Frequently localized to specific geographies, criminal communities often specialize in stealing information from particular companies or, sometimes, entire industries. Benefiting from this type of information, however, requires people who understand Western business practices—a Western education and experience working in Western industry. This limits the utility of stolen information since that type of experience is not readily available in the countries where these activities are most prevalent.

Past Wisdom No Longer Valid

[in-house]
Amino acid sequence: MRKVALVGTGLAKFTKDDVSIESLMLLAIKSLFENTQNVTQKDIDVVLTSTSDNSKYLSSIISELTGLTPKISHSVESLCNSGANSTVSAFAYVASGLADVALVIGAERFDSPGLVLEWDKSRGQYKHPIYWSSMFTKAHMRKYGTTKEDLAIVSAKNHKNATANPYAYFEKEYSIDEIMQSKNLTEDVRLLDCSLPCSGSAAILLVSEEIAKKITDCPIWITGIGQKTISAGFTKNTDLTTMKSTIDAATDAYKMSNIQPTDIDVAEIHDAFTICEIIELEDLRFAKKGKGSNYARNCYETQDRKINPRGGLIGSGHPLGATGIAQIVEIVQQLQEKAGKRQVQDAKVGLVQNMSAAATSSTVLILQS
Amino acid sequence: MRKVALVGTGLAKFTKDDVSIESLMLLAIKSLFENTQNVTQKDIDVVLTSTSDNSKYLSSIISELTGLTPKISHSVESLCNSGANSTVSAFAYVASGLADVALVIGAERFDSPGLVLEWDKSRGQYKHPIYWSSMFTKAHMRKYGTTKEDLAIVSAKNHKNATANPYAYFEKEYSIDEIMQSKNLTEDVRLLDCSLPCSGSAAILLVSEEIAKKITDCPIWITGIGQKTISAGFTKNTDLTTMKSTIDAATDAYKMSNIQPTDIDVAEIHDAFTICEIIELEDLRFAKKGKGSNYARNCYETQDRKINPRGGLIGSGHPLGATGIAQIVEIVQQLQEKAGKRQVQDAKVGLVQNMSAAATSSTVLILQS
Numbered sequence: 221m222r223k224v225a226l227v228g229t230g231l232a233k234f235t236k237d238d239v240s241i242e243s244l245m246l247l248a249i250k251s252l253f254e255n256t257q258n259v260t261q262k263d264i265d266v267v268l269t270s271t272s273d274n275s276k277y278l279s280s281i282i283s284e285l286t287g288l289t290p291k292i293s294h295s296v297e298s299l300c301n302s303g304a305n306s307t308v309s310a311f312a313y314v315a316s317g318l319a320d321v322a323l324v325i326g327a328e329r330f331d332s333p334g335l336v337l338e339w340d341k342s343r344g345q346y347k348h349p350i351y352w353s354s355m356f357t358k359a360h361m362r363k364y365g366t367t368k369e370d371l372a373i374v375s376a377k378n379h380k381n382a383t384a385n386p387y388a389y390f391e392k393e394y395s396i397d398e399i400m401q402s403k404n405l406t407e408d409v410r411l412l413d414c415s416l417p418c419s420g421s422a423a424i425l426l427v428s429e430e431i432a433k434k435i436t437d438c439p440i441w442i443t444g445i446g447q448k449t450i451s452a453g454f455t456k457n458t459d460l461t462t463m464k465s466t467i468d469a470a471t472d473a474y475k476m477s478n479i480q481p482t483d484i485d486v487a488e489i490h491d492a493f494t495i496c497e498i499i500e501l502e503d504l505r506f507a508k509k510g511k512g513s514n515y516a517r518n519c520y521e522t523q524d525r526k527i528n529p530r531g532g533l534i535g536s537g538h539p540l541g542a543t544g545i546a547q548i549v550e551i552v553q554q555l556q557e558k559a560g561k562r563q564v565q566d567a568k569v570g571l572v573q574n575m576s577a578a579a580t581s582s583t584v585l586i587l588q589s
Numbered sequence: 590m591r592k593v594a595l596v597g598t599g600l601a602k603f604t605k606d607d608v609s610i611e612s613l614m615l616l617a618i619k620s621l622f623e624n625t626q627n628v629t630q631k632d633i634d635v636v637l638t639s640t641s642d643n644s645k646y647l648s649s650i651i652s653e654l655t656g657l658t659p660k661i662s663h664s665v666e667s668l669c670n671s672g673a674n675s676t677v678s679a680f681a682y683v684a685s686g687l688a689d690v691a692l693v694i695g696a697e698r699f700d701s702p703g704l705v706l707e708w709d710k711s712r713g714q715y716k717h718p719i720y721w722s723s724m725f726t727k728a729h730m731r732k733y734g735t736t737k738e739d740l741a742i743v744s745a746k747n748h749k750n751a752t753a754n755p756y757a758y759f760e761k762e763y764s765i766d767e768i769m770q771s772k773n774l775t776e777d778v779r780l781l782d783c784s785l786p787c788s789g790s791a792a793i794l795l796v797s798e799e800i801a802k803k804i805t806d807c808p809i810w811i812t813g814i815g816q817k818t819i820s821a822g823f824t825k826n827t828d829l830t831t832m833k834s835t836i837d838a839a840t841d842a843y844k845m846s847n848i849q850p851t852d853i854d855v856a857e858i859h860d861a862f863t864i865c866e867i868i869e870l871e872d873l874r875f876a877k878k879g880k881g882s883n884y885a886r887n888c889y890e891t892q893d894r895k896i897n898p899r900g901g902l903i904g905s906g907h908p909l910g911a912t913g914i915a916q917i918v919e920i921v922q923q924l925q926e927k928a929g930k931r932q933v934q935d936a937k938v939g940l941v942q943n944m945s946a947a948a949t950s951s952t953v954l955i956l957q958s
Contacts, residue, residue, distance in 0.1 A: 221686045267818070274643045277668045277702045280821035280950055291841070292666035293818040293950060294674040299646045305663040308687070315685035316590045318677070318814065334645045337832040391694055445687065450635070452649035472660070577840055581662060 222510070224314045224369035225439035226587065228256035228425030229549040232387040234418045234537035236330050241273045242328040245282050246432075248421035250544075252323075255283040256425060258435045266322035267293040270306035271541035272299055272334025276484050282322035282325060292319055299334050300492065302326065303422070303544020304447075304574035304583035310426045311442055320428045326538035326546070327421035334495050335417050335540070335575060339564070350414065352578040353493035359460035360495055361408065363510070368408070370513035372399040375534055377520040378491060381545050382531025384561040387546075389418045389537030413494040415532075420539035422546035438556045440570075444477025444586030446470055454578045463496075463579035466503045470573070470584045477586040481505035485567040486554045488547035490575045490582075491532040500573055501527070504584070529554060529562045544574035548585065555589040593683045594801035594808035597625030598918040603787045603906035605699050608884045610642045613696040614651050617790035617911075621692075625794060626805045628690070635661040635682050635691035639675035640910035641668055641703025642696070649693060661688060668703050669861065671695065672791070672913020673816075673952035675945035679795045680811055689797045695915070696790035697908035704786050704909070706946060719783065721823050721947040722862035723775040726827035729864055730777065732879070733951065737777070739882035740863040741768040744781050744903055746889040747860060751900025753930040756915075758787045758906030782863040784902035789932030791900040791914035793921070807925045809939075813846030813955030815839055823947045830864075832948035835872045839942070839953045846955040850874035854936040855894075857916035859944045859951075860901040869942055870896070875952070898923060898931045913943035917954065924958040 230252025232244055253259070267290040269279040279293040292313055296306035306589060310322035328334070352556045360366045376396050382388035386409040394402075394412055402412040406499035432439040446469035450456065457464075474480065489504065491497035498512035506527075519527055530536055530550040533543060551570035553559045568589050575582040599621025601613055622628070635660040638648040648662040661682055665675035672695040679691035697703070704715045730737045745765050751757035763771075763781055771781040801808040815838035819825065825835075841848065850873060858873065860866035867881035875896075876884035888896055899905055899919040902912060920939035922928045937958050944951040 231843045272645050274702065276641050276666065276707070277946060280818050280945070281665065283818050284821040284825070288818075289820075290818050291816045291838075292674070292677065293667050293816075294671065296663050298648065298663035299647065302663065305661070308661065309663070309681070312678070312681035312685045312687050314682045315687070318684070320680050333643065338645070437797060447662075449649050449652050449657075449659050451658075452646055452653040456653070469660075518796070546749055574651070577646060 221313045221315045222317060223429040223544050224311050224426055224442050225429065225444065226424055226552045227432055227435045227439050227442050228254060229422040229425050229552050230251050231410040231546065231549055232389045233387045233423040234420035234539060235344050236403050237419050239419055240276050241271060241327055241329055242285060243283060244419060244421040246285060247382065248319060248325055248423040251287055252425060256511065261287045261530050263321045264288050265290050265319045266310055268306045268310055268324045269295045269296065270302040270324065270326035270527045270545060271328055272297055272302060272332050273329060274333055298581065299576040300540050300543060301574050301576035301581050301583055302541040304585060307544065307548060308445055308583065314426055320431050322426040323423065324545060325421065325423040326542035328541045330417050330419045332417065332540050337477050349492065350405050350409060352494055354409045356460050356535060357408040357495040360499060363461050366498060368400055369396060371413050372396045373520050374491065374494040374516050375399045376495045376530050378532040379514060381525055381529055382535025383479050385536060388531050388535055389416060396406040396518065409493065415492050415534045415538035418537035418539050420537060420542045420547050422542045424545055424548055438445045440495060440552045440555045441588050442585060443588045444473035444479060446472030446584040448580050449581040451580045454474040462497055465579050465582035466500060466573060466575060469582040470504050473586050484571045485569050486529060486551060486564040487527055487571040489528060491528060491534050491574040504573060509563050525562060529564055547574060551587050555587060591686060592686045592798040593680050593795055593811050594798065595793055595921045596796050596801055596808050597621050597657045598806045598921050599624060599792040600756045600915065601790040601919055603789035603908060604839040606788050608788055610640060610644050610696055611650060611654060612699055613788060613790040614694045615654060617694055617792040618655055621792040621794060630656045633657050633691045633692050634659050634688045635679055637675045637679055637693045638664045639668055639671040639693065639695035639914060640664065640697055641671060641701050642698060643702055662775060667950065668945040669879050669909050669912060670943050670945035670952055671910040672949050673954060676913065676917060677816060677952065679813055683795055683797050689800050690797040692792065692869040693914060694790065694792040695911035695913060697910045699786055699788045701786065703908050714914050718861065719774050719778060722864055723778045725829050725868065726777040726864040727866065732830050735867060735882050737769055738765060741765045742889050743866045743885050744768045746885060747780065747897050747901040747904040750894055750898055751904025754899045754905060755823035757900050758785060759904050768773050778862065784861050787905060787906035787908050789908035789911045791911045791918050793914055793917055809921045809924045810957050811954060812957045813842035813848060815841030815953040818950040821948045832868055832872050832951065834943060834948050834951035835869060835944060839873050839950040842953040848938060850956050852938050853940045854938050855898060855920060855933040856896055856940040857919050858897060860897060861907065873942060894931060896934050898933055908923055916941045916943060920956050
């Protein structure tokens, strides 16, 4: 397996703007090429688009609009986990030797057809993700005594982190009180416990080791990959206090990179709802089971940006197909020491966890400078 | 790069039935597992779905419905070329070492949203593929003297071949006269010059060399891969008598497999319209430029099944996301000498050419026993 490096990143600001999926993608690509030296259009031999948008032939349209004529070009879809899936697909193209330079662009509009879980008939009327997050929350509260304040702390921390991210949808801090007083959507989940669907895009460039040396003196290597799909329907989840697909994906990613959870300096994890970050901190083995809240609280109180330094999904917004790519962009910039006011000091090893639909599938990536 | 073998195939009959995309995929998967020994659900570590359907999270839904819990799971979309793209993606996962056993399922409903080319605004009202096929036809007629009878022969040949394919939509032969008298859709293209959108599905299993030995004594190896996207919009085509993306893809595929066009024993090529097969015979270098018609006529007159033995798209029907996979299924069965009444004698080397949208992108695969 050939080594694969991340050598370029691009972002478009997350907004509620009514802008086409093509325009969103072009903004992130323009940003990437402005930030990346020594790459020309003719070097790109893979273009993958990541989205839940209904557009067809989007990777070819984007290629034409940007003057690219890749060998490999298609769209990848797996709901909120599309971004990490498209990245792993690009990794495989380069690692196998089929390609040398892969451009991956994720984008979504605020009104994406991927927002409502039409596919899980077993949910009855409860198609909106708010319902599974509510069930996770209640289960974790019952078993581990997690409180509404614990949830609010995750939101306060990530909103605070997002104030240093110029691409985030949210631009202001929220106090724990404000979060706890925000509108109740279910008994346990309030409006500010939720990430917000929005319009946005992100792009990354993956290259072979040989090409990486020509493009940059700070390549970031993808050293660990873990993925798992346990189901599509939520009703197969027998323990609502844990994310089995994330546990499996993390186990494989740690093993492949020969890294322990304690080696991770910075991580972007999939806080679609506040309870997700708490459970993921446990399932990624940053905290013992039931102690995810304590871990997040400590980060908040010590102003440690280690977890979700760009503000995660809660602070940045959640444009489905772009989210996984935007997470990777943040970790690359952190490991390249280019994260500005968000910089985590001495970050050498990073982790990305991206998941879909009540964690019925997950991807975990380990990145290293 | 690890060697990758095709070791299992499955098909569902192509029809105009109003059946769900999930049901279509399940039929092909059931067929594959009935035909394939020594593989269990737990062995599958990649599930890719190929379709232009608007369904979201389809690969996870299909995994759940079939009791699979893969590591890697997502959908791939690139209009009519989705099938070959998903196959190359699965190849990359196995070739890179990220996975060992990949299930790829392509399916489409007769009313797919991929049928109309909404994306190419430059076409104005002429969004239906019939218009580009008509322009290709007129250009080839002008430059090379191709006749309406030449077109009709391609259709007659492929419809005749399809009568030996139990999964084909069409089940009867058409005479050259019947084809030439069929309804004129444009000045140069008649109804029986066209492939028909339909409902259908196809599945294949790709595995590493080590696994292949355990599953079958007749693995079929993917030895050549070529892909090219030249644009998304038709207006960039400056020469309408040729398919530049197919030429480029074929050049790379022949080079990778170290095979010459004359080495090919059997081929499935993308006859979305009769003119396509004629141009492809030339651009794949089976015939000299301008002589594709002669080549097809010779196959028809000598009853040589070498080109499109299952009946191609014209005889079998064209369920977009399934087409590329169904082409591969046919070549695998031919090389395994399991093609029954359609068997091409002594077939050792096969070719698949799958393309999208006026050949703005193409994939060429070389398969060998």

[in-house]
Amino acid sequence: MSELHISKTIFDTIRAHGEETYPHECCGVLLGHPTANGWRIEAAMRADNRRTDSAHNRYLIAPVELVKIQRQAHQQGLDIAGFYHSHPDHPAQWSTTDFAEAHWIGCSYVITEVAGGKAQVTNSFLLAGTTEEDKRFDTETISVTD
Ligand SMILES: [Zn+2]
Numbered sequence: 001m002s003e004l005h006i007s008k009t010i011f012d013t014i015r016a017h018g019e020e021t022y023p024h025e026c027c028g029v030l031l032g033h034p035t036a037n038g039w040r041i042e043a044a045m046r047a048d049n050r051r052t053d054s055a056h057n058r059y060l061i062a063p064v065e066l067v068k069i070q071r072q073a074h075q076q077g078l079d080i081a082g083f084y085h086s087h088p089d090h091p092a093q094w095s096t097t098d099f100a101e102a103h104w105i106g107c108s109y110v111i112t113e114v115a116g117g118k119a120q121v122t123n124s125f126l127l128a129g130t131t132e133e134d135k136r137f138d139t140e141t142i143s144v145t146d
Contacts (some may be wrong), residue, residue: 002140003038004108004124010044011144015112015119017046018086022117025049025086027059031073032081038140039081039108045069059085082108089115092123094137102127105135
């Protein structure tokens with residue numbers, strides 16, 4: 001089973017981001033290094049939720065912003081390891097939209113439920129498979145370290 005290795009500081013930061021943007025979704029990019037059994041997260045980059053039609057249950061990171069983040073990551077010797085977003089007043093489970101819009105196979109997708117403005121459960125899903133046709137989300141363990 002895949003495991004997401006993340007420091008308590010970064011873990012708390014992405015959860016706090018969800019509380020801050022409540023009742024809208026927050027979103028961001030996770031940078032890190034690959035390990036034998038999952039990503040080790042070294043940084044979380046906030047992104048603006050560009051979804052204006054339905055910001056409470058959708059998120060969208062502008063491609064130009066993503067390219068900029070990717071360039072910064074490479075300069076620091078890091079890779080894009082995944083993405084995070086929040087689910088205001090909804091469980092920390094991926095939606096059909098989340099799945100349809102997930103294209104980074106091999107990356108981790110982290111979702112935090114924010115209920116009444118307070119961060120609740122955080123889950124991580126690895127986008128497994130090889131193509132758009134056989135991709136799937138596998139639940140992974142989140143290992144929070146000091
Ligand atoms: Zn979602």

Security was once the province of national intelligence agencies focusing on defense/national security-related information theft. Today next-generation private organizations have spun off these security services for hire. Traditionally the business community has viewed information security as at best a supporting service and at worst a grudge purchase, rarely aligning security with the processes that create business value. While companies are sensitized to the confidentiality of their traditional intellectual property, they are usually not sensitive to the confidentiality of their control systems, corporate e-mails, sales and marketing, human resources data, or other types of information.